Student Debt And Higher Education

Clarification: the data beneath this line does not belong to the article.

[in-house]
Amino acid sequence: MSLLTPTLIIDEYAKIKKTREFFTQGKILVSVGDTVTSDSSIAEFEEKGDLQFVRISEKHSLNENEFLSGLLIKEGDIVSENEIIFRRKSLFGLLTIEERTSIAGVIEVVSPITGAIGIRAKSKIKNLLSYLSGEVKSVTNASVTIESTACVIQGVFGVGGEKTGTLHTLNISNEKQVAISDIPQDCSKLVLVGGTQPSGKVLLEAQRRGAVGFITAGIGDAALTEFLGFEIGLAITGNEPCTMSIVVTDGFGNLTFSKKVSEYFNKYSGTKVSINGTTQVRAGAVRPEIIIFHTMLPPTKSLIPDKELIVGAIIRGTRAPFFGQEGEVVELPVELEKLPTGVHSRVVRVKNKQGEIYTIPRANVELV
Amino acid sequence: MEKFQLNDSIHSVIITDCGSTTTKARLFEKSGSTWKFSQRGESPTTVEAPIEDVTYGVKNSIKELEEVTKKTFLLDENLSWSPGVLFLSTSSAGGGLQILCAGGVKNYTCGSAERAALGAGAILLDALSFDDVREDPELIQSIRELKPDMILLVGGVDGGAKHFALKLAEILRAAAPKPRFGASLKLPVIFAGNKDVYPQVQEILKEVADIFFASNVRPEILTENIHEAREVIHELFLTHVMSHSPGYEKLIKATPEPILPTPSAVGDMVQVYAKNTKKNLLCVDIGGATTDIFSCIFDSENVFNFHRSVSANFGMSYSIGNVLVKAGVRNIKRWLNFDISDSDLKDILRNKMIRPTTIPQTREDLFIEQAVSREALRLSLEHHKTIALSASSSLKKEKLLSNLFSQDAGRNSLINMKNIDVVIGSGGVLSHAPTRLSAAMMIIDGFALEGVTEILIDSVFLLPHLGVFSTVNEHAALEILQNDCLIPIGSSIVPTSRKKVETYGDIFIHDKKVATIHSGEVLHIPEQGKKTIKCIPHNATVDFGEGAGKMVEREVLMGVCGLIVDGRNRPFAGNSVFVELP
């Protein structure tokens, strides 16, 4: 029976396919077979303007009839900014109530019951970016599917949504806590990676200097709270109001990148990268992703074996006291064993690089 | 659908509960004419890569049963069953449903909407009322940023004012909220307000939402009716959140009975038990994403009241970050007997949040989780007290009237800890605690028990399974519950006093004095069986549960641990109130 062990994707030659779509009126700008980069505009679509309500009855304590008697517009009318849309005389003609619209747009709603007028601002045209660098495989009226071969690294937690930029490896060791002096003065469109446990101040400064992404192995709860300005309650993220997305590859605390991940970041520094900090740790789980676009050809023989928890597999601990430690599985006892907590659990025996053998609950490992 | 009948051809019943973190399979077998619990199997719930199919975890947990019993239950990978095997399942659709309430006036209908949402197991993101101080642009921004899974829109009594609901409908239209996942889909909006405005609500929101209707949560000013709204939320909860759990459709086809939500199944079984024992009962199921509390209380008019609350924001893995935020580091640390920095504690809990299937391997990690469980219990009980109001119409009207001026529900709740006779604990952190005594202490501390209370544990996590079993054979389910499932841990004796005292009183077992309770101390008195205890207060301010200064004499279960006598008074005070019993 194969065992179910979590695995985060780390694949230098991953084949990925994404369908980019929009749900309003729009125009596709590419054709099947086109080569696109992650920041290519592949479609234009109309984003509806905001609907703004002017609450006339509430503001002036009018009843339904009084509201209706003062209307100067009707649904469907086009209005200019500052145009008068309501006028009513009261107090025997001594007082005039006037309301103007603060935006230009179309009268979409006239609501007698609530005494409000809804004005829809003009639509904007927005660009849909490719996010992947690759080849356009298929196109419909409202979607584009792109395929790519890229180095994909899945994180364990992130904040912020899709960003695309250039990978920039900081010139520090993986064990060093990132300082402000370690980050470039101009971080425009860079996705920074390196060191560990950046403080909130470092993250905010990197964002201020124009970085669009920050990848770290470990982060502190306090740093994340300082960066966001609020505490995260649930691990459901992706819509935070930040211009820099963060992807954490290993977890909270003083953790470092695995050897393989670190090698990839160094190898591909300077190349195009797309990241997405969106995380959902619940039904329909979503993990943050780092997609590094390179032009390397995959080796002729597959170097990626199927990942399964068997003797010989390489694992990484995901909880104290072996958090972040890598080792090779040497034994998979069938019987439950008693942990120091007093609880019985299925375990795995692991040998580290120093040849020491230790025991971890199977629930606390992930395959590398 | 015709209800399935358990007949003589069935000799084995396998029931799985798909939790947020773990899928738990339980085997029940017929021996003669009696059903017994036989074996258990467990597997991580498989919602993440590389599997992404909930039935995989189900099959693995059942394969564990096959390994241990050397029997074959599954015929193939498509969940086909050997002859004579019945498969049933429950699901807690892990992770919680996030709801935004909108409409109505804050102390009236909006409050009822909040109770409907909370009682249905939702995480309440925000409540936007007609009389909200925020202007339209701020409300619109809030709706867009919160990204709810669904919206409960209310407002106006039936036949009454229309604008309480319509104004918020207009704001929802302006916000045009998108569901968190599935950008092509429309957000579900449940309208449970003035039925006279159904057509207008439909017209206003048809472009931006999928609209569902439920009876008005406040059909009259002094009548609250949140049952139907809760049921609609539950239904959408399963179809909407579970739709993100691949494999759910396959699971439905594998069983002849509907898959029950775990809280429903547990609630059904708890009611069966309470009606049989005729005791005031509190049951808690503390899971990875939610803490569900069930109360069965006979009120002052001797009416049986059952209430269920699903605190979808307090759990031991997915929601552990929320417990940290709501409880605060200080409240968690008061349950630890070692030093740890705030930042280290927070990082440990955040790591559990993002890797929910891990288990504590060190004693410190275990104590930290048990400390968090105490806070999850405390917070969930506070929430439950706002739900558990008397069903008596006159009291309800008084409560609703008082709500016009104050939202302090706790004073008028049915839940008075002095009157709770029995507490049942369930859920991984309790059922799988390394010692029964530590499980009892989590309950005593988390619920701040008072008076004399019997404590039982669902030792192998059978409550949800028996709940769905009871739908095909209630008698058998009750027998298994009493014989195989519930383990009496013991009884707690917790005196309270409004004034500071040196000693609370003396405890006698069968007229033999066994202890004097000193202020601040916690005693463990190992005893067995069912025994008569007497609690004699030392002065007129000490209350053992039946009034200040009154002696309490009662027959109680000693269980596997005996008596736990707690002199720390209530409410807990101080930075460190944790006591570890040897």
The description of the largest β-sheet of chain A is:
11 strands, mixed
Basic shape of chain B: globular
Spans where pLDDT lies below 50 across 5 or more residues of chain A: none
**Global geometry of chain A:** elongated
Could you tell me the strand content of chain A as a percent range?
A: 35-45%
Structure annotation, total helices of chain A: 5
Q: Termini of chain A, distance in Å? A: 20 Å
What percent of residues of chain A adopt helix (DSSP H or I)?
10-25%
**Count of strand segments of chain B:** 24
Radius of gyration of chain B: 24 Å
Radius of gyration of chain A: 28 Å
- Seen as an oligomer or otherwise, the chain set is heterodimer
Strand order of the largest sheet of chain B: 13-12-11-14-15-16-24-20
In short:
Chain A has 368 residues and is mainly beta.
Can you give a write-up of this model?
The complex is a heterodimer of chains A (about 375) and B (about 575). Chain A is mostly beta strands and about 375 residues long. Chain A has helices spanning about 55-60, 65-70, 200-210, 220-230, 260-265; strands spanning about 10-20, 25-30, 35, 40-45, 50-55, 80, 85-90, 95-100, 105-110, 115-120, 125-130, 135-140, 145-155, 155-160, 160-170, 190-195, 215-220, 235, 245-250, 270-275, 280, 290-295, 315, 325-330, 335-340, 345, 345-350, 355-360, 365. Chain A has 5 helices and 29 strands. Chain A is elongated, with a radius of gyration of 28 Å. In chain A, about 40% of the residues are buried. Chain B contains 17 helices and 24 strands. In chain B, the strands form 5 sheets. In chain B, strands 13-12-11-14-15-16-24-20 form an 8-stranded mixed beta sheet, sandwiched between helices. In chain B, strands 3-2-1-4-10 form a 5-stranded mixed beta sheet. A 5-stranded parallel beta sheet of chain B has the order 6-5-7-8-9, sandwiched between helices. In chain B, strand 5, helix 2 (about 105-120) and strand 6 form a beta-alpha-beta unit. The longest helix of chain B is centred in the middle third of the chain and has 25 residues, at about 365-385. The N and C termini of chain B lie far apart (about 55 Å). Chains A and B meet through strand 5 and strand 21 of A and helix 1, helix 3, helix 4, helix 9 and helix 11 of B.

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In recent years, there has been a tremendous increase in student enrollment in higher education after high school effecting the need for financial aid for all students. Education has become a growing part in America where more students want to better their lives with a college education. However, the cost of college tuition has increased and more students find themselves struggling to pay off the enormous tuition rates. In a recent study by the Consumer Financial Protection Bureau, student debt has reached $1 trillion in federal loan debt. Student loan debt has crippled the economy and students are struggling to pay off federal loans. In order to help students with the high tuition rates of college the government and universities offer financial aid to students to obtain a higher education. According to College Board’s Trends in Student Aid, the academic year 2011-12, a total of $172 billion was spent on loans, grants, and tax credits for students enrolling in a higher education (Sawhill, 1). Despite the large amount of financial aid going to students, is the cost of college too much for students to handle? The rising cost of a college education has made obtaining a higher education less affordable for students to receive a degree. Financial aid has become fundamental for many students to benefit from a college degree, but as cost increase and graduation rates do not improve, should financial aid be based off a student’s merit in education or should all students be able to seek a higher education? Financial aid helps students pay for college and covers the expenses of tuition, books and supplies, room and board, etc. Students are given these loans through grants, scholarships, and work study. These loans are benefic... ... middle of paper ... ...ll Grant and leave millions of American students unable to pay for college. To obtain a Pell Grant students must have a high school diploma and then they will be eligible. Requiring students to take rigorous courses and scoring high on the SAT, ACT, or any other standardized test should only be considered when looking at completive schools, not when deciding whether or not a student is eligible to receive financial aid. “The data suggest that removing the Pell Grant from less-prepared students will not compel many of them to forgo college. Instead, they will enroll, and without grant aid, they will take on debt, even more than they already had to” (Goldrick, 3). This will make a serious impact on the economy because students who didn’t perform academically well in high school will have a tougher time paying of the mass debt at the while they attend college.
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